When we found a car we wanted I walked into the dealer with all this knowledge and told him he was free to verify my data. This confirmed that he could sell the car now at a “sellable” price or wait months to maybe sell for about the same. As a result the negotiations turned very quickly in my favor. Clearly this doesn’t work for your average Camry or F-150 however since they are dime a dozen and on every street corner. However those of us that desire a manual transmission can gain a quick advantage as such vehicles in the minority and thus sit in inventory longer. This is an immediate advantage for the buyer who is willing to play the waiting game.

  • avatar
    NoGoYo

    I am stunned that I’ve never seen a for sale sign on a truck in the woods out here in the country.

    There is an old (early to mid 50s) IH dump truck for sale in a nearby field, complete with hand painted plywood sign…

  • avatar
    SCE to AUX

    Lot time affects new car prices, too.

    I’ve seen amazing deals on stale – but new – cars, and got one once myself. Unfortunately, its brakes were so rusty from sitting that it needed all new rotors in its first week of ownership.

    • 0 avatar
      Scoutdude

      Well the current ads for GM and Chrysler products in my area are huge rebates specifically on “vehicles in stock the longest”. For GM trucks it is 20% off of MSRP. GM has been advertising deals like that they are subsidizing, on and off for going on a year now. The Chrysler ads have popped up in just the last month or so.

    • 0 avatar
      lon888

      You’re right about affecting new car prices. Oklahoma used to have a state safety inspection for vehicles. When the new cars came in the dealers would affix the safety stickers and thus you could track how long the cars had been on the lot. I especially remember when the Miata first came out and the greedy dealers where charging $$$$ above the MSRP. The Miata’s sat and sat and sat…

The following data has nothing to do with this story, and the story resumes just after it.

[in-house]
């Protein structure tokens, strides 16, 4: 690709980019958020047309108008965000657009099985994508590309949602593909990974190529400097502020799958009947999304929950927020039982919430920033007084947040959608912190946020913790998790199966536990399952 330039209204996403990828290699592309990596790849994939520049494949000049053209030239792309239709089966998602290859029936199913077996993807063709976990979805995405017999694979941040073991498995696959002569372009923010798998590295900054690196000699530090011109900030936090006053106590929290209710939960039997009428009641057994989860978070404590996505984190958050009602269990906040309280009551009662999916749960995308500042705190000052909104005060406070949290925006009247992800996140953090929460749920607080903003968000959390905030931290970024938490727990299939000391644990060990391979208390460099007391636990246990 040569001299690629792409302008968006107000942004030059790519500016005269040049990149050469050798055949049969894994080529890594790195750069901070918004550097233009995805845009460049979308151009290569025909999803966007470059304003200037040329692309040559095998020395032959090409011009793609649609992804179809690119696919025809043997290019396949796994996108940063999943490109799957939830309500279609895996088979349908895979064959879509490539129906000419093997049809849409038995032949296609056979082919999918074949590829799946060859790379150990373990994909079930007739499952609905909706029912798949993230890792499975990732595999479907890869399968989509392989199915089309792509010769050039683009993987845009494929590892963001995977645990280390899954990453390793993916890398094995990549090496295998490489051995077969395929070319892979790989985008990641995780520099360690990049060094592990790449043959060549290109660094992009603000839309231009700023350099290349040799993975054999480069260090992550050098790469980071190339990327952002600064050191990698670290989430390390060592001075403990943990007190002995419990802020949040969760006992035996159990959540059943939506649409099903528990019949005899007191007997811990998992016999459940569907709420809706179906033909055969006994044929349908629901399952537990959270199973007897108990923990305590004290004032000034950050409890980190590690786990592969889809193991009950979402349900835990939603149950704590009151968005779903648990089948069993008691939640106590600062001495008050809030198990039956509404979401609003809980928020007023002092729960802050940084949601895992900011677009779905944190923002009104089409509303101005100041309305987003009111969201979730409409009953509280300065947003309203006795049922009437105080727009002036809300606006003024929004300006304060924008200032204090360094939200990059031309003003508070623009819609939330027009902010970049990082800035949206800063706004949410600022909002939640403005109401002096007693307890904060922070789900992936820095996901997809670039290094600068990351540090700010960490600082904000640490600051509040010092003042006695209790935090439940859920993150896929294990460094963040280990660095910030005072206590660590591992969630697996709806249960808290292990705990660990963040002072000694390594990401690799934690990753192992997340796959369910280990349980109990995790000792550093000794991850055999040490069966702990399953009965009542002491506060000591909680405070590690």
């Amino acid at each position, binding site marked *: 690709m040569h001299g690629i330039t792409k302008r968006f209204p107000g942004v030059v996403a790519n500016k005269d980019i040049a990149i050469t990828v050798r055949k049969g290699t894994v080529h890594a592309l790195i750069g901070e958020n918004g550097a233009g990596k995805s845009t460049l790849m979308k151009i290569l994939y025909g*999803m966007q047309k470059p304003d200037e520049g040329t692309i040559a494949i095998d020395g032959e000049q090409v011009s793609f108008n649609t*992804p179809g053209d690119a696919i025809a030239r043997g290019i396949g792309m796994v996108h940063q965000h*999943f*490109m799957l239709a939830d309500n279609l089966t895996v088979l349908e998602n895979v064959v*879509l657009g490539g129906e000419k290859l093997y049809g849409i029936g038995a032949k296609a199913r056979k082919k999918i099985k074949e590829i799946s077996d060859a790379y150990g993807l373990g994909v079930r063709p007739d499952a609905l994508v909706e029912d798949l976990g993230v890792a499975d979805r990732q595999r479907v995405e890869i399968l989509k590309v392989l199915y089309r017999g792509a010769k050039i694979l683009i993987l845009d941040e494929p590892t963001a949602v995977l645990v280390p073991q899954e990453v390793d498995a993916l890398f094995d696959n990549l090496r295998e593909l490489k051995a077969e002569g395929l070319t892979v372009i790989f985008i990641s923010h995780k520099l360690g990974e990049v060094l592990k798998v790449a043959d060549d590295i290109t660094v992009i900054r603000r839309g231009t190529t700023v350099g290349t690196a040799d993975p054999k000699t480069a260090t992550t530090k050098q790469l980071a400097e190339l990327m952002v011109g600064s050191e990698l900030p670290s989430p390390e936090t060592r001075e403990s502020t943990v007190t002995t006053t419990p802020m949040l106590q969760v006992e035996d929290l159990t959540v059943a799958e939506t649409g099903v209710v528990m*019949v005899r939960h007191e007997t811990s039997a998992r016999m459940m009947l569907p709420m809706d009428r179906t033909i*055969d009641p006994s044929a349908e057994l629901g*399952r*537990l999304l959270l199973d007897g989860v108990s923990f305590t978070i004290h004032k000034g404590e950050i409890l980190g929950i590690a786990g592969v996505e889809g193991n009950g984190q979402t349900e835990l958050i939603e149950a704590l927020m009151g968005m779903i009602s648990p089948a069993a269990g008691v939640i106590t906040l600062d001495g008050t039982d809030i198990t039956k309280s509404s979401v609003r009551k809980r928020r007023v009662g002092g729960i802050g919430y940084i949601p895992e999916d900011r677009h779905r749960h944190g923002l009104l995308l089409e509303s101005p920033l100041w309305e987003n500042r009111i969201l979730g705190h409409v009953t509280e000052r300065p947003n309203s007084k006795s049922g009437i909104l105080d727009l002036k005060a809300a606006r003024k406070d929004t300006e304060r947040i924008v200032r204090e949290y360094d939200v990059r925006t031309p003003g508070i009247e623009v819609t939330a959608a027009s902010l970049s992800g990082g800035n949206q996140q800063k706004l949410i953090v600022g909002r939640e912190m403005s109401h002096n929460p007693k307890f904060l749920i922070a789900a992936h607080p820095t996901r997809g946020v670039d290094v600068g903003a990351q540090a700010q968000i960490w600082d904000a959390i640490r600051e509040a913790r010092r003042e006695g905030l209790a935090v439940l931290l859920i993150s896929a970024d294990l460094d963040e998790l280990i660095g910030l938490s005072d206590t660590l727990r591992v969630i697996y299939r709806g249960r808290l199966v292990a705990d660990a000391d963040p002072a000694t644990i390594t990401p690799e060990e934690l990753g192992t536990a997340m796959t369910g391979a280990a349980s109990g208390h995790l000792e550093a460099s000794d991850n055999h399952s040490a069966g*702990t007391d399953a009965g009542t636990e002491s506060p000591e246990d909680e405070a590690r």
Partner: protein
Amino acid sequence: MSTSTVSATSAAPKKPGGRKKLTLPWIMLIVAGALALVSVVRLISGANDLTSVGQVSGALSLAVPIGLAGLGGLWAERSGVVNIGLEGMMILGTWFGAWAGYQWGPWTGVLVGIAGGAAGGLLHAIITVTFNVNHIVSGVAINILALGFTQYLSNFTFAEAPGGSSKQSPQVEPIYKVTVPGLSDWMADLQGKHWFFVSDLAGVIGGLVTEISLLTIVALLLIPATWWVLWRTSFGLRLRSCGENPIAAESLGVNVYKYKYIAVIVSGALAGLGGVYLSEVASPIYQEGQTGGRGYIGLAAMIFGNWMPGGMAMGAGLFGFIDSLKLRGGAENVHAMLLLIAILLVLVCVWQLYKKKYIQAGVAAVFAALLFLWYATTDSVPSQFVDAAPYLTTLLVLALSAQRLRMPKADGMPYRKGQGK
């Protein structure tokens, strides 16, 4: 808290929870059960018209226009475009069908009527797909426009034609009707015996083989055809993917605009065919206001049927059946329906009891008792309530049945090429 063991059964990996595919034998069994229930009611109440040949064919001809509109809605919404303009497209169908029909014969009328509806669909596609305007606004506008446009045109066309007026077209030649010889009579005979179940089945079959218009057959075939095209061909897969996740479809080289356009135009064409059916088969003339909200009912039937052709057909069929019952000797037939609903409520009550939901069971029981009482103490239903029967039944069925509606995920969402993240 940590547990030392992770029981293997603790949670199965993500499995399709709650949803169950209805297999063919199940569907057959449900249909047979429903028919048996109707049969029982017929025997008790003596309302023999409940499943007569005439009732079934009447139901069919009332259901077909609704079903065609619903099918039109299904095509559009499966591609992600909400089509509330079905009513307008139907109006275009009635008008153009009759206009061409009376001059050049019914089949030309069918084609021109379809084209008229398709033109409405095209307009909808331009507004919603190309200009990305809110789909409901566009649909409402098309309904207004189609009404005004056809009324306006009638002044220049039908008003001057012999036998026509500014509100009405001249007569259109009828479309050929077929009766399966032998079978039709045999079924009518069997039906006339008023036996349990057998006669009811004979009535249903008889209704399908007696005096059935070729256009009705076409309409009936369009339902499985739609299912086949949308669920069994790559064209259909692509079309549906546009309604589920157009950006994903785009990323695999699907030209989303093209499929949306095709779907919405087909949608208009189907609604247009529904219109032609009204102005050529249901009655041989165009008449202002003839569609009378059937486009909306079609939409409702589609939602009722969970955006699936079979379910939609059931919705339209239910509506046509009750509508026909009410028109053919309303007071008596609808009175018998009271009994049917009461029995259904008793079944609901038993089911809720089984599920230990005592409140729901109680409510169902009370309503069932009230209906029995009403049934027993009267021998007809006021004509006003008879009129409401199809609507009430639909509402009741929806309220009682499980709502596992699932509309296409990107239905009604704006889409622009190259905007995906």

• 0 avatar
        Japanese Buick

        Yup, the safety inspection sticker method has worked well for me over the years. NC stopped requiring the stickers several years ago but you can usually find the dated safety inspection report in the glovebox. Even on used cars it’s worth rummaging in the glovebox, I’ve found used car inspection reports from the dealer shop that tell me when it arrived on their lot.

    • 0 avatar

      I bought both my new cars at good discount. They were sitting on the lot for 5-6 month. I know that from windows sticker which contains all info about car including when it was manufactured.I checked stickers of the cars I was interested in before going to dealer on their website so I already knew which car sat there for how long.

    • 0 avatar
      TMA1

      Carfax is useful for new cars too. Most dealers won’t offer it or post it online, because most people are only looking for accident reports.

      But if you can get your hands on it, it will show when the car arrived at the dealer’s lot and was put up for sale. You might not know by the look of the car that it’s been sitting there for 6 months.

      • 0 avatar
        Japanese Buick

        When they have to jump the battery to let you test drive it, that’s a clue too :) One salesman with a sense of humor wryly told me the car came with two of them to help me push start it (it was an older Mercedes sedan)

    • 0 avatar
      shaker

      My ’13 Malibu (which probably sat on the lot for months) was equipped with “Duralife” rotors, which I must admit, were pretty corrosion-free upon purchase, and produced only a minor amount of brake dust in the first 1000 miles.

      I assume that it helped reduce warranty claims, as many of their cars sit for long periods –

      “Wear Item” or not, rotors that warp in the first few thousand miles would bring outraged owners back to dealers in droves, which probably encouraged GM to find a cheap solution.

  • avatar
    -Nate

    On the rare occasion I buy off a Lot , it’s always some dusty old thing with flat tires that they’re reasonably glad someone finally asked about…

    Once in a while I’ll get the old ” that’s a RARE ONE !! ” B.S. and have to walk .

    -Nate

  • avatar
    Toad

    You can always just ask the salesperson what cars have a spiff on them. The salesman will generally get a bonus or incentive to sell that vehicle whether the dealer makes a profit or not, and he/she may be very motivated to sell the vehicle at a big discount just to get the spiff.

    I got wholesale price on a Tundra from a Ford dealership that way; I asked the salesman what used vehicles had a spiff on them and he got very motivated very quickly. They had the truck for over 90 days and just wanted it out of there. For the right price I was happy to make it happen.

    If you help people get what they want they will often bend over backwards to help you get you what you want.

  • avatar
    87 Morgan

    Another approach that tandems well with this is the off brand at large new car store. As an example I picked up my wrangler from a VW Audi store. Nothing wrong with it, other than a bad case of lot rot.